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Razor Grinding, Glazing And Polishing, How The Americans Did It (Long Post)

...The glue used at this time was an animal based glue, a hot hide glue which was occasionally mixed with a substance called C-Gum. I have been unable to discern what C-Gum is, but when I worked for a large dental instrument maker, I heard old timers talk about a compound that they called simply "C"...
I grilled ChatGPT on this, and it was clueless. When I mentioned the dental connection, it gave me this answer:

"...It appears to be a compound used in the dental industry as a lubricant for instruments. It was made from a mixture of glycerin and powdered gum tragacanth. The gum tragacanth was used to thicken the glycerin, and the resulting compound was used as a lubricant to ease the movement of dental instruments. C-Gum was especially useful for lubricating instruments in tight spaces, such as between teeth.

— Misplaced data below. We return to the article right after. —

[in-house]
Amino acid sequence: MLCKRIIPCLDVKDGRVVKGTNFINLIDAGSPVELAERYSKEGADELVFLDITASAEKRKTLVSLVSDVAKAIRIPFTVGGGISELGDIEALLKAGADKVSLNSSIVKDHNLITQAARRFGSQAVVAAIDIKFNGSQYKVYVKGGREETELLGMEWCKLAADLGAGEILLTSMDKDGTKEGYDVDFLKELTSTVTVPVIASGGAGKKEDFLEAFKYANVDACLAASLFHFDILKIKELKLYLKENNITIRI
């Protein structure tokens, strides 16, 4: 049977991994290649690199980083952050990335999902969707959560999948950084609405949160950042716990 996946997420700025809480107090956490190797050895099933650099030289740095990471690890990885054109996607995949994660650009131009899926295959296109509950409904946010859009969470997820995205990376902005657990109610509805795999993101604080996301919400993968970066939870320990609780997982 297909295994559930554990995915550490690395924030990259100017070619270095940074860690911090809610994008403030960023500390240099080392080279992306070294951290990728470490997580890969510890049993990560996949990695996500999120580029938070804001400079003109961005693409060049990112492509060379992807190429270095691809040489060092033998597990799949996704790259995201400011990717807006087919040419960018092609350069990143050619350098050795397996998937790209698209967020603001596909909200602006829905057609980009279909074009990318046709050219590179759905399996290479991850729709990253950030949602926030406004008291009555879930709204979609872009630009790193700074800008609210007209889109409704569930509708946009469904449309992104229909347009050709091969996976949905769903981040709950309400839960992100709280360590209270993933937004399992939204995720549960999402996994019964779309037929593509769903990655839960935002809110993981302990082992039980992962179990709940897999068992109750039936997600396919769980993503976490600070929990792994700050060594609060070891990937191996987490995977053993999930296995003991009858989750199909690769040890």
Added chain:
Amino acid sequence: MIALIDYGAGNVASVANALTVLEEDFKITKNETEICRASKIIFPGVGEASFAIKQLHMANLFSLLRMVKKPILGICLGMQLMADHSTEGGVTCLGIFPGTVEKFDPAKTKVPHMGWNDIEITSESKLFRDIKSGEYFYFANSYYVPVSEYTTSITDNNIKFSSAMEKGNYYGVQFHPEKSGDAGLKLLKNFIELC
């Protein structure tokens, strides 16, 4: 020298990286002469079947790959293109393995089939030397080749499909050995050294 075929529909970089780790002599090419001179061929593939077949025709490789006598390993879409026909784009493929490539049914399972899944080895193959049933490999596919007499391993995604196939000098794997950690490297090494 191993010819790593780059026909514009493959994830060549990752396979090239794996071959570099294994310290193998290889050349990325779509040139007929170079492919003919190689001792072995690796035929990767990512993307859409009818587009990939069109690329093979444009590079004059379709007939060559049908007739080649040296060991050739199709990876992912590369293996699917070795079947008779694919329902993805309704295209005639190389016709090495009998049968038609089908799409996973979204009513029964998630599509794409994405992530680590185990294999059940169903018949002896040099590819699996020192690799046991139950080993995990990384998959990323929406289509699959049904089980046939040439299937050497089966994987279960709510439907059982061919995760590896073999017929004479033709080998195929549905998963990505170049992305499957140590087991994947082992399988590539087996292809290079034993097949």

It's possible that this same or similar compound was also used in other industries where lubrication was needed, such as in the manufacture of felt wheels for polishing and glazing."
I see something called c-bond dental adhesive:

I see something called c-bond dental adhesive:

That's that stuff they use a UV gun to cure. I kinda doubt that was a thing back then.
Thank you for the long and detailed synopsis. I have been wondering about American razor production recently, and this provides a window into it. I am curious about how the honing machines worked. Does it go into more detail about their operation? Any accompanying illustrations?
What a fine post. Thank you for taking the time to share your knowledge.
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